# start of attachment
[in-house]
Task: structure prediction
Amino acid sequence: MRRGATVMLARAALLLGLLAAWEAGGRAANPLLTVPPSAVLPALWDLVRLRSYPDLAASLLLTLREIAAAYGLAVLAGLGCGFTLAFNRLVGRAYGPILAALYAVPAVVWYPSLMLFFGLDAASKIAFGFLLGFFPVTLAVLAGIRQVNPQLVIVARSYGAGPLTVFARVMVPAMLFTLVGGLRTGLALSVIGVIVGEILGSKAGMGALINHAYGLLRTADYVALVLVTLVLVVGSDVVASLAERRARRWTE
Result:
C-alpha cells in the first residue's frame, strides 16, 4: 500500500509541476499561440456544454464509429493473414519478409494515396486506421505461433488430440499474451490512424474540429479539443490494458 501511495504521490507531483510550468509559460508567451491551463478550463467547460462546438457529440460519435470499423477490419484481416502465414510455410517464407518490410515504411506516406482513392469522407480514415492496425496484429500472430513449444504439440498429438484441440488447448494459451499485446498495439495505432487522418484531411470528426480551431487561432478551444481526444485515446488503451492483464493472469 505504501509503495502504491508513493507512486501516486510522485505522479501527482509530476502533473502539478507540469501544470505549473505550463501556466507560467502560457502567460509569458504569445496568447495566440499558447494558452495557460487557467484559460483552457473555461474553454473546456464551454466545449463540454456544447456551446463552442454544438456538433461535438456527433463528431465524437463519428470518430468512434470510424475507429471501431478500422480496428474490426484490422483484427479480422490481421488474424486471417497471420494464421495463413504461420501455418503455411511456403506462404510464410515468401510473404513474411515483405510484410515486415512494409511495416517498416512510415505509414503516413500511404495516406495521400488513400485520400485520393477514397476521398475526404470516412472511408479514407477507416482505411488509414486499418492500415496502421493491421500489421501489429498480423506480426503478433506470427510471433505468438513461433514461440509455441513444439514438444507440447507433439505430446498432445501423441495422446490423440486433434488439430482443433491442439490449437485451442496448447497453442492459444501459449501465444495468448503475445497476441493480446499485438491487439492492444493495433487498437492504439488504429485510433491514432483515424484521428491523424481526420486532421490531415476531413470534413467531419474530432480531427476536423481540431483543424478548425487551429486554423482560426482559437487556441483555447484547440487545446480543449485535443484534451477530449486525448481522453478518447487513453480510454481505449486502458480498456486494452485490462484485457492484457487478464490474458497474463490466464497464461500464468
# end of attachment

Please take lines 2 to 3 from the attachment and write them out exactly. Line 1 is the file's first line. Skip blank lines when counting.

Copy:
Task: structure prediction
Amino acid sequence: MRRGATVMLARAALLLGLLAAWEAGGRAANPLLTVPPSAVLPALWDLVRLRSYPDLAASLLLTLREIAAAYGLAVLAGLGCGFTLAFNRLVGRAYGPILAALYAVPAVVWYPSLMLFFGLDAASKIAFGFLLGFFPVTLAVLAGIRQVNPQLVIVARSYGAGPLTVFARVMVPAMLFTLVGGLRTGLALSVIGVIVGEILGSKAGMGALINHAYGLLRTADYVALVLVTLVLVVGSDVVASLAERRARRWTE